Besides the feel-good, indulgent, 100 percent pure fun, there are some legit action sequences. The fight scenes were choreographed by the same stunt coordinator who worked on two of the Matrix movies and a whole resume of Chinese kung fu films. While some of the sequences aren't the most realisic — the Angels often fight in heels — they are high-octane and slick. At the end of the day, the girls look hot while kicking ass, so mission accomplished.
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Breaking news: DreamWorks Studios has just announced that Oscar-winning actor Daniel Day-Lewis (There Will Be Blood) will play America's 16th President in Steven Spielberg's long-in-development biopic Lincoln, based on the best-selling book Team of Rivals, with a script from Pulitzer Prize winner and Academy Award-nominated writer Tony Kushner (Angels in America).
This is big news for everyone involved. It means Spielberg's on-again, off-again project is finally getting made; Day-Lewis can begin making room on his shelf for another Oscar, next to the two he already has; and you - the viewing public - can prepare for what promises to be an incredible cinematic experience with one of Hollywood's most talented actors.
Here's the press release from the studio:
LOS ANGELES – (Business Wire) Two-time Academy Award winner Daniel Day-Lewis will star as the 16th President of the United States in DreamWorks Studios’ Lincoln to be directed by Steven Spielberg. The announcement was made today by Spielberg and Stacey Snider, Co-Chairman and CEO of DreamWorks Studios.
“Daniel Day-Lewis would have always been counted as one of the greatest of actors, were he from the silent era, the golden age of film or even some time in cinema’s distant future. I am grateful and inspired that our paths will finally cross with Lincoln,” said Steven Spielberg. “Throughout his career, he has been exceptionally selective in his choice of material,” added Stacey Snider, “which makes us feel even more fortunate that he has chosen to join with us for Lincoln.”
Based on the best-selling book, Team of Rivals, by Pulitzer Prize-winning historian Doris Kearns Goodwin, the screenplay has been written by the Pulitzer Prize winner, Tony Award winner, and Academy Award nominated writer Tony Kushner. It will be produced by Kathleen Kennedy and Steven Spielberg.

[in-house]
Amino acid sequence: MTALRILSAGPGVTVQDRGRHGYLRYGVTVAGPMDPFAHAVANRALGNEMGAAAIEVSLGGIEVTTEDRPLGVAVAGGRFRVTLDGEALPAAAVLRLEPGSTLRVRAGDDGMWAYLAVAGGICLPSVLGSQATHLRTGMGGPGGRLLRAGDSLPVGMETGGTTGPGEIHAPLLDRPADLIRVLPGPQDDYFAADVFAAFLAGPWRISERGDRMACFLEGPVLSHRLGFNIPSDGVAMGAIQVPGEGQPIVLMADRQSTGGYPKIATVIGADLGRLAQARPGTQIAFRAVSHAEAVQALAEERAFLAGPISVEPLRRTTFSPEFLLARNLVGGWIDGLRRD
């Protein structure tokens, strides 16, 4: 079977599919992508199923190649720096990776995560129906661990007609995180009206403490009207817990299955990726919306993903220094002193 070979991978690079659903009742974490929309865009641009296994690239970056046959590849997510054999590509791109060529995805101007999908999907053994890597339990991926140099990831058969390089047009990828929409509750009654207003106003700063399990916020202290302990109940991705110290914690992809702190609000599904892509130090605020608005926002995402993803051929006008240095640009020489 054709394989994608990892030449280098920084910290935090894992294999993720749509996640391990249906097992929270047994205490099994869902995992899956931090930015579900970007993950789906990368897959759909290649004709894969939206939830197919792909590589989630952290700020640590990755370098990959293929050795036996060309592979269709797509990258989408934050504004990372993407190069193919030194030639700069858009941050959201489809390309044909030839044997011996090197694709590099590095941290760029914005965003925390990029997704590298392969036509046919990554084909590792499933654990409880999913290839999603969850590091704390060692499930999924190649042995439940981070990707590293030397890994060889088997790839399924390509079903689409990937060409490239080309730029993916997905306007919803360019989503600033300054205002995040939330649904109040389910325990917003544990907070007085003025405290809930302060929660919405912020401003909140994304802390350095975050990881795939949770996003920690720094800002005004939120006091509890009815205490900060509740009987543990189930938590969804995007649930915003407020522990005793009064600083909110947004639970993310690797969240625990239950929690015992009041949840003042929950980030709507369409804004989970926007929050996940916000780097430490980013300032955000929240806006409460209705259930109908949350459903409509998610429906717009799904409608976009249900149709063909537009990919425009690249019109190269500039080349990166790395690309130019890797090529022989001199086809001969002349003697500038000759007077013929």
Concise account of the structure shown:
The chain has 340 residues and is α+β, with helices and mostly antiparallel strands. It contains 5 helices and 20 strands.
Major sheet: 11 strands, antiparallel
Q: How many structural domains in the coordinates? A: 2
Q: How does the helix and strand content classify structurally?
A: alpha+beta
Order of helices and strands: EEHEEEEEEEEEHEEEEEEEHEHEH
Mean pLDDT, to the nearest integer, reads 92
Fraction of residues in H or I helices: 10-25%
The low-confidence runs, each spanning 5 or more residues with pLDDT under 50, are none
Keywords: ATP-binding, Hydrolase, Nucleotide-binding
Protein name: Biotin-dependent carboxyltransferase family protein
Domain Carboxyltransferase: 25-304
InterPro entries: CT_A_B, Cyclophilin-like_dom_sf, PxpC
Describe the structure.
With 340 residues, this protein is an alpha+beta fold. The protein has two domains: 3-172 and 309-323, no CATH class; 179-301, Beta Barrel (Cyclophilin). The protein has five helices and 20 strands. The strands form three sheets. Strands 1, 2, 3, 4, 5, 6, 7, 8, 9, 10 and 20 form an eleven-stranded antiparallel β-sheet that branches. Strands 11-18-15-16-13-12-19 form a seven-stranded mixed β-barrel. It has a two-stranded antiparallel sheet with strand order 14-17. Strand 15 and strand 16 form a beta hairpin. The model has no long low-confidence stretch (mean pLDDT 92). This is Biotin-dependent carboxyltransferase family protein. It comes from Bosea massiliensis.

It is anticipated that the film will focus on the political collision of Lincoln and the powerful men of his cabinet on the road to abolition and the end of the Civil War.
Doris Kearns Goodwin won her Pulitzer Prize for No Ordinary Time, the story of Franklin and Eleanor Roosevelt and the home front in World War II. Kushner’s prize was for his play Angels in America, which later became an Emmy Award-winning television special. He had previously worked with Spielberg on Munich for which he was nominated for an Oscar in the Adapted Screenplay category.
Filming is expected to begin in the fall of 2011 for release in the fourth quarter of 2012 through Disney’s Touchstone distribution label.
Maross, whose career spanned four decades, died on 7 November (09) in Glendale, California.
He served in the Marines before graduating in theater arts from prestigious Connecticut university Yale and then kicking off a television career in the 1950s.
His small screen credits include guest appearances on The Twilight Zone, Bonanza, Alfred Hitchcock Presents, The Outer Limits, The Fugitive, Gunsmoke, Hawaii Five O., Mission Impossible, Perry Mason, Mannix, The Rockford Files, Charlies Angels, Quincy, Dallas and Murder She Wrote.
Maross also appeared in several feature films, including: Run Silent Run Deep, Elmer Gantry, Sometimes a Great Notion and The Salzburg Connection.
Maross was a founding member of the Los Angeles-based acting, writing and directing group, Projects 58.
He is survived by a son.